Fourth-graders in Andrea Terrell’s classroom at Bret Harte Elementary School dissected whole squid as part of their study in science.
In a group of three or four students per squid, the nine- and ten-year-olds started with a lab packet outlining questions they would need to answer, based on their observations.
Students measured the physical dimensions of the sea creature and described the texture, coloring, external and internal anatomy, explained Terrell.
After Terrell went over the vocabulary related to the science project, she connected what the students have already learned in class to the squid anatomy and its functions.
Once Terrell cut open each squid, the students were able to match what they see on the table to the diagram of its internal anatomy. She asked students to point out certain physical structures of the squid and answer questions within their group.
“We talk about the history between squid and sailors, fun facts and how each internal structure serves a purpose in the survival of the squid,” added Terrell. Then, “we cut out the beak (mouth) of the squid, and take out the quill which is like the backbone of the squid.”
Students ended the lab by puncturing the ink sac and writing their name in squid ink on their paper using the quill and ink from the ink sac.
“With the Next Generation Science Standards, we have been learning about how plants and animals have internal and external structures that function to support survival, reproduction, behavior and growth within their environment,” said Terrell.
“We have read articles and done research about different organisms and their ecosystems, including water ecosystems. I wanted the students to have a hands on experience and see for themselves what those internal and external structures look like and how they function.”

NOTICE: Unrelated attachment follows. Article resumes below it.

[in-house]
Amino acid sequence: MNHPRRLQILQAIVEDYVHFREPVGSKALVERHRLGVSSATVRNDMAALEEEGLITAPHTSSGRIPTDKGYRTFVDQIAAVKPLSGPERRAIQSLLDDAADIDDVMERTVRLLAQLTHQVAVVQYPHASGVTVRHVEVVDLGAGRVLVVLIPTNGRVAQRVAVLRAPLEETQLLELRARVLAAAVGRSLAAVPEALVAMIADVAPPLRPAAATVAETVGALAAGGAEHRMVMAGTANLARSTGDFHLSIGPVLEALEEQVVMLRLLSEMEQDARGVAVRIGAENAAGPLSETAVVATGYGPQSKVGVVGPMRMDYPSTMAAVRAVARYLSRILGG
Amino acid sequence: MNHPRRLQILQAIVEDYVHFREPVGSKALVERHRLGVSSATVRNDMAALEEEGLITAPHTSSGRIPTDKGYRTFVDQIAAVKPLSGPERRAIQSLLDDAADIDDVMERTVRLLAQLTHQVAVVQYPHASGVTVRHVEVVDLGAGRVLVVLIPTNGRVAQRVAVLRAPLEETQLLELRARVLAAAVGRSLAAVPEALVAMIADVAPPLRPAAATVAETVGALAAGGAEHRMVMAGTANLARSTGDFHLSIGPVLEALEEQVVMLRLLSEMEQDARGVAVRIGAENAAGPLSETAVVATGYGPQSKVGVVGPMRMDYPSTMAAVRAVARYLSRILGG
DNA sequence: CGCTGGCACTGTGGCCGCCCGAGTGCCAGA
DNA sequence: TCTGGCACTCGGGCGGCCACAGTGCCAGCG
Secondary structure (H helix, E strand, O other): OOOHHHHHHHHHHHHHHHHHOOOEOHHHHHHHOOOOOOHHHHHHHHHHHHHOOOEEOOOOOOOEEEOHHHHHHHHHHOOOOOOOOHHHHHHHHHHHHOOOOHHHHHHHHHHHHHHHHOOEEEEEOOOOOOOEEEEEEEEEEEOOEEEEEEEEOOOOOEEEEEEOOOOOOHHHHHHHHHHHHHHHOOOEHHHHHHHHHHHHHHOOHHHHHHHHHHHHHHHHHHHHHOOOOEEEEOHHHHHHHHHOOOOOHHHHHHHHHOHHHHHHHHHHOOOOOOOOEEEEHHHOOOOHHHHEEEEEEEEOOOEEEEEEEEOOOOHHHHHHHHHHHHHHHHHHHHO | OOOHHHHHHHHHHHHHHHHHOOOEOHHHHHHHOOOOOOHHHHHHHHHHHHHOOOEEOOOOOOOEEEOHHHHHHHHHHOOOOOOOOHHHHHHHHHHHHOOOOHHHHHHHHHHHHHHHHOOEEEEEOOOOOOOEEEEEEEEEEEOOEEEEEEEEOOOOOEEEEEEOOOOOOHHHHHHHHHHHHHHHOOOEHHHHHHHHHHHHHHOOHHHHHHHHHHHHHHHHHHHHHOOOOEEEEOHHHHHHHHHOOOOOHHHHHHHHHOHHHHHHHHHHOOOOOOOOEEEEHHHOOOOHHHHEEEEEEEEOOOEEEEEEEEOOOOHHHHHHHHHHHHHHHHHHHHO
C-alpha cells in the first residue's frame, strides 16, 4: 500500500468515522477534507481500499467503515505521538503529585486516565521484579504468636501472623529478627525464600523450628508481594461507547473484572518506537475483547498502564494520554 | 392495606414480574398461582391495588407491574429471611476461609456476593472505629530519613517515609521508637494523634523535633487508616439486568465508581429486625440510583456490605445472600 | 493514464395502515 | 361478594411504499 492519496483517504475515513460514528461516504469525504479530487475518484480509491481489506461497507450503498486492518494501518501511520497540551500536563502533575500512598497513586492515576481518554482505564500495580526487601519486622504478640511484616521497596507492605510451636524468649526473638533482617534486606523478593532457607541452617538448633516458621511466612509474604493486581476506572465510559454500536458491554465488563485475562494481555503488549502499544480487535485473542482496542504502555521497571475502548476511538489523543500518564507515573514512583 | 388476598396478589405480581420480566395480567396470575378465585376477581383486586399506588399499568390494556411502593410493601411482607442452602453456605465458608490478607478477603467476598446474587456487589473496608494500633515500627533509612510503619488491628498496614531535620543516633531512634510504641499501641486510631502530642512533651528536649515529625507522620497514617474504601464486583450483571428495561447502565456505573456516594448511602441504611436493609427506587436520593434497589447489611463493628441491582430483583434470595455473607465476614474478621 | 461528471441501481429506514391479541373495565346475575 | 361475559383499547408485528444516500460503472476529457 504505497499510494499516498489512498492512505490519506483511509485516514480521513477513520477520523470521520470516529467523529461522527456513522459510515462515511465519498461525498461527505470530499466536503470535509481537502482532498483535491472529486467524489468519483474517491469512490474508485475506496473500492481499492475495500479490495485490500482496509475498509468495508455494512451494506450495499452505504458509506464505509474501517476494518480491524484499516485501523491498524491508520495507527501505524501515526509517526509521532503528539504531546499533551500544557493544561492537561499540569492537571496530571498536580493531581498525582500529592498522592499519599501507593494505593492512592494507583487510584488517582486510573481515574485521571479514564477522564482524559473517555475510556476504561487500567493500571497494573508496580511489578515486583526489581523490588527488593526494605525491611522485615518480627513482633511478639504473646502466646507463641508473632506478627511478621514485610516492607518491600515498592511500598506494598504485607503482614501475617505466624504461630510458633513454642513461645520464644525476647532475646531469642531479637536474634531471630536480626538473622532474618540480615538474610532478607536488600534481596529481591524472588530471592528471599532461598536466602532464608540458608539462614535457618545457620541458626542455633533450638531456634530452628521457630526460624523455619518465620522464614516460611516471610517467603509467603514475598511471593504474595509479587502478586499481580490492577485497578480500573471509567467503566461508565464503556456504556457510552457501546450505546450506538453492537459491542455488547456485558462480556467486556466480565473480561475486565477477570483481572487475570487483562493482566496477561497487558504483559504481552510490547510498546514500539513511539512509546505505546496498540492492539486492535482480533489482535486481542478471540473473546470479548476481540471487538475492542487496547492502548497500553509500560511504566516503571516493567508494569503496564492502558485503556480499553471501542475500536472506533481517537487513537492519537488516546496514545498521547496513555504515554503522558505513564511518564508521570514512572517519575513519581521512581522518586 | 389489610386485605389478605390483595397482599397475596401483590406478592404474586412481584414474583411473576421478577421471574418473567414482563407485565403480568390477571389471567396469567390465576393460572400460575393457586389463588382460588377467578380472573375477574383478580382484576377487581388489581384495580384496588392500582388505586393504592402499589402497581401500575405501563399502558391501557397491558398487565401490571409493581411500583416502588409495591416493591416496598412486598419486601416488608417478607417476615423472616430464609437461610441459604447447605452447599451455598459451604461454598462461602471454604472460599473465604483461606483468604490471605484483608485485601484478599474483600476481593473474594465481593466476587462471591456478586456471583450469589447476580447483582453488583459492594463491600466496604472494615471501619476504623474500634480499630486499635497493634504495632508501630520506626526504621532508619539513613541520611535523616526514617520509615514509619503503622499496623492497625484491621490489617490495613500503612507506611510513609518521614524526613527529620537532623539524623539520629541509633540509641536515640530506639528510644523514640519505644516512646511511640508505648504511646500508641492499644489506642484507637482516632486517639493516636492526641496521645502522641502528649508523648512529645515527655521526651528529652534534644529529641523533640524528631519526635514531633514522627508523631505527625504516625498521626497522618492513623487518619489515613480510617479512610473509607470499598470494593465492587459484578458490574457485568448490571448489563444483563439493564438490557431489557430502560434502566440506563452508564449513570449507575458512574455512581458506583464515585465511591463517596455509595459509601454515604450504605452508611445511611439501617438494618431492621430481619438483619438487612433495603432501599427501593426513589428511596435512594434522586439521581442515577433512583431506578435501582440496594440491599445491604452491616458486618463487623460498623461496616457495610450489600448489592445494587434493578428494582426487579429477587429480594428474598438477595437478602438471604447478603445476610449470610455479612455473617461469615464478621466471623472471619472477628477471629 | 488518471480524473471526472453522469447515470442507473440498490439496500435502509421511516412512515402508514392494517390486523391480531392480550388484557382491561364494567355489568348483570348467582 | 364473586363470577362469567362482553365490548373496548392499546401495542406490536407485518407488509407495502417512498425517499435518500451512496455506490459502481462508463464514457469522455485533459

Several of the students commented on aspects of the squid dissection they liked or didn’t like and what they learned.
“I learned a lot from the dissection about how their body functions, such as how the chromatophores on the mantle of the squid help the squid camouflage and hide from predators,” said student Charley Barnett.
“Not many people in their life get to touch a squid,” added Kayla Kassin. “It’s so amazing that at such a young age I get to touch an animal that once lived in the ocean. But I didn’t like watching Ms. Terrell cup open the squid! That was the only part of the dissection that I didn’t like.”
“I love that I was able to see all the organs, and learn what a squid needs to survive in its environment, they have many adaptations,” commented Willie Colvin-Marvin. “I would have liked to cut into the funnel retractor muscle, because it looked like it would be full of interesting things to explore. I also enjoyed writing my name using the quill and ink from the ink sac.”
Jhanessa Equila said, “I liked that we were able to take a closer look at the body parts of a squid. This helped me to visualize what we were learning about it class.”
“I learned from the dissection that squid have many adaptations to survive,” she also said. “For example, they release ink to confuse their predators so they are able to escape.”
“I liked the fact that I got to see inside the body of a squid!” added Jeremiah Rivas.
“I now know what the ink sac looks like and I learned that a squid has three hearts, a systematic heart and two gill hearts and they don’t have the same functions.”
“You can only learn so much from a book,” Terrell continued. “I feel that a first-hand experience allows them to connect what they have read to the real world.”
“The squid dissection is the visual bridge that allows them to transfer their knowledge to something concrete. As a result, they will be able to think critically and provide evidence from their experience to formulate stronger opinions and communicate more efficiently about the subject because they have made a connection.”